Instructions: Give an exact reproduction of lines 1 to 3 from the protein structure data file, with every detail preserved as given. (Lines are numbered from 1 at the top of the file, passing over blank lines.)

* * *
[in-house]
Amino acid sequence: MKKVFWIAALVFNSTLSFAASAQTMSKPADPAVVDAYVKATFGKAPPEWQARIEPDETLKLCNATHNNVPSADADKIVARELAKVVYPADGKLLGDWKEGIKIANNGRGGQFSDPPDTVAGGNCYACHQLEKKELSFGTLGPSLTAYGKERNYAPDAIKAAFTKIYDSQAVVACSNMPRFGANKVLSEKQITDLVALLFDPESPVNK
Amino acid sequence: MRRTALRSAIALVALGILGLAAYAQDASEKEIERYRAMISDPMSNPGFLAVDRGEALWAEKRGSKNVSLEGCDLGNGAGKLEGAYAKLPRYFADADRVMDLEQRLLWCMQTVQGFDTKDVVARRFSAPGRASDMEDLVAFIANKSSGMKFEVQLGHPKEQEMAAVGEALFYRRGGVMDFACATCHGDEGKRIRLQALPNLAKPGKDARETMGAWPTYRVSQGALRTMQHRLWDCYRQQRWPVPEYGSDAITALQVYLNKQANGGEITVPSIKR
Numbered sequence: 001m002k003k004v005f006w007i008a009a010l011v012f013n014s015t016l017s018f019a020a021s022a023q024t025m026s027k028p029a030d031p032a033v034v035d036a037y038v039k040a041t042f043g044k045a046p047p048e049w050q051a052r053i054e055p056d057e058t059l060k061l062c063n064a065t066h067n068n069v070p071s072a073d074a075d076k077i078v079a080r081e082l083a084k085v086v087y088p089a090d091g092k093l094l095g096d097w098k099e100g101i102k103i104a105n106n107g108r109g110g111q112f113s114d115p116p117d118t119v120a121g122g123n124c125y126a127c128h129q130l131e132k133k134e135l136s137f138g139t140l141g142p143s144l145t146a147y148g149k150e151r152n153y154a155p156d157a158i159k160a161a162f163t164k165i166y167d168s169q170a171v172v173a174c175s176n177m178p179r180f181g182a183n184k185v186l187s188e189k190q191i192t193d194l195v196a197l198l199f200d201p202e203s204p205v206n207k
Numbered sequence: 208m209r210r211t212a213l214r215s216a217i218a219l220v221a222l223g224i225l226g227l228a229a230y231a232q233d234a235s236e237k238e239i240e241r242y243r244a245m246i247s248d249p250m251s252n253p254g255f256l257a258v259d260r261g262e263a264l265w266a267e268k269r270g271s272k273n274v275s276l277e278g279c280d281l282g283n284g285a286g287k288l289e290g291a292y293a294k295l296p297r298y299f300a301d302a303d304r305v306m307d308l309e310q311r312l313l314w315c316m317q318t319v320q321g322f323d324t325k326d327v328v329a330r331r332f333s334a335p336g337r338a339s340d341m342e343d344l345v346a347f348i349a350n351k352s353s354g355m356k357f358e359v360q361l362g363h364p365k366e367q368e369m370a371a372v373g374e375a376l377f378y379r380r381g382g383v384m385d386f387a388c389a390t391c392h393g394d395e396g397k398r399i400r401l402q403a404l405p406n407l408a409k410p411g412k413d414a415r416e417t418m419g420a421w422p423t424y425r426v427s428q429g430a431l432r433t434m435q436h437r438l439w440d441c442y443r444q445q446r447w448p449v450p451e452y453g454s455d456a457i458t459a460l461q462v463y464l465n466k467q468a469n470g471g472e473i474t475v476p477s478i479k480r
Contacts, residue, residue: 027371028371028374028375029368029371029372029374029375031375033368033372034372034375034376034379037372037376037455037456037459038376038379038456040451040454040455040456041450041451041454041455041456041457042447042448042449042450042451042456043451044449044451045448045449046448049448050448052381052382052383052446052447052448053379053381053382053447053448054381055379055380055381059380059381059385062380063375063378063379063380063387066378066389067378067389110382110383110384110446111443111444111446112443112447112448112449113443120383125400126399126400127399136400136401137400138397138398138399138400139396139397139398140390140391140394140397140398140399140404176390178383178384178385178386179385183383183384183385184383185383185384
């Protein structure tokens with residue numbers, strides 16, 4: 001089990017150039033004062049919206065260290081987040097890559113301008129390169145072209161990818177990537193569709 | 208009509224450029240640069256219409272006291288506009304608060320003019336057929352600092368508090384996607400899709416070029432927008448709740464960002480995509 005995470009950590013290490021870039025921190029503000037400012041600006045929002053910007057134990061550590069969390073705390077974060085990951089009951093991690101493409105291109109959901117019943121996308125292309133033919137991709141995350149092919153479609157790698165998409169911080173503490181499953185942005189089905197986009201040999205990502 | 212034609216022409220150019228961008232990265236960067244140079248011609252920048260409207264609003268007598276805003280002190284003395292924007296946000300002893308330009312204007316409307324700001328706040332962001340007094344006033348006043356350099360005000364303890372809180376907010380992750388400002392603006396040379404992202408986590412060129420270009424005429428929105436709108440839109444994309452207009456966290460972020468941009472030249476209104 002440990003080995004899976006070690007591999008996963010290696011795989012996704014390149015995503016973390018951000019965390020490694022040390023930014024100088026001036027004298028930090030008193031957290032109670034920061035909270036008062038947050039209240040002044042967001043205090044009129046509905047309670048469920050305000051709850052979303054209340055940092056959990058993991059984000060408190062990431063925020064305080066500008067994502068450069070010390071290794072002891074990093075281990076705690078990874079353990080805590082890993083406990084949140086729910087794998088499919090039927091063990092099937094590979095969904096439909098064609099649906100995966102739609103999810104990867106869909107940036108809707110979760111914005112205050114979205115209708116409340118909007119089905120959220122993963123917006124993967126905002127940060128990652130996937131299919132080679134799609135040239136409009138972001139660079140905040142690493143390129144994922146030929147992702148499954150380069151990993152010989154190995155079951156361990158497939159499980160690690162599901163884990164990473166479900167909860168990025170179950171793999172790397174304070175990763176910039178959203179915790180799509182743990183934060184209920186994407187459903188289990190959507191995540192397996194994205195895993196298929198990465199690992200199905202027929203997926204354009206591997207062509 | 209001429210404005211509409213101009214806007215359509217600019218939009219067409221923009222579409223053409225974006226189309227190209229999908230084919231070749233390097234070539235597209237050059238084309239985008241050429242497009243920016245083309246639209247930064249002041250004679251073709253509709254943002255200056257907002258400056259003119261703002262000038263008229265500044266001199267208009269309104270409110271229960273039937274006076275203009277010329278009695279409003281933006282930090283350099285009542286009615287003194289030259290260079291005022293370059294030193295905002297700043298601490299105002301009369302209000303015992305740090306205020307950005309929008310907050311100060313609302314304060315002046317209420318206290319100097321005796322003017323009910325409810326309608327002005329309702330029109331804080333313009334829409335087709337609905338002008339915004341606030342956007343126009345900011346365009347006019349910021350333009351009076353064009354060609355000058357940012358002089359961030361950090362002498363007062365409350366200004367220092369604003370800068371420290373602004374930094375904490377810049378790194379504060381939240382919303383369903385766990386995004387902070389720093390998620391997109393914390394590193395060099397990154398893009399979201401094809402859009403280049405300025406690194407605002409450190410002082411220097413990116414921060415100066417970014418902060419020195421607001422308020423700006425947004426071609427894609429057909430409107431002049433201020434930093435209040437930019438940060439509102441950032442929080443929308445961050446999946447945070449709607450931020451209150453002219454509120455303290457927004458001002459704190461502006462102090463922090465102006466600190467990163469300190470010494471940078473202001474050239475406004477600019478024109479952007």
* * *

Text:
[in-house]
Amino acid sequence: MKKVFWIAALVFNSTLSFAASAQTMSKPADPAVVDAYVKATFGKAPPEWQARIEPDETLKLCNATHNNVPSADADKIVARELAKVVYPADGKLLGDWKEGIKIANNGRGGQFSDPPDTVAGGNCYACHQLEKKELSFGTLGPSLTAYGKERNYAPDAIKAAFTKIYDSQAVVACSNMPRFGANKVLSEKQITDLVALLFDPESPVNK
Amino acid sequence: MRRTALRSAIALVALGILGLAAYAQDASEKEIERYRAMISDPMSNPGFLAVDRGEALWAEKRGSKNVSLEGCDLGNGAGKLEGAYAKLPRYFADADRVMDLEQRLLWCMQTVQGFDTKDVVARRFSAPGRASDMEDLVAFIANKSSGMKFEVQLGHPKEQEMAAVGEALFYRRGGVMDFACATCHGDEGKRIRLQALPNLAKPGKDARETMGAWPTYRVSQGALRTMQHRLWDCYRQQRWPVPEYGSDAITALQVYLNKQANGGEITVPSIKR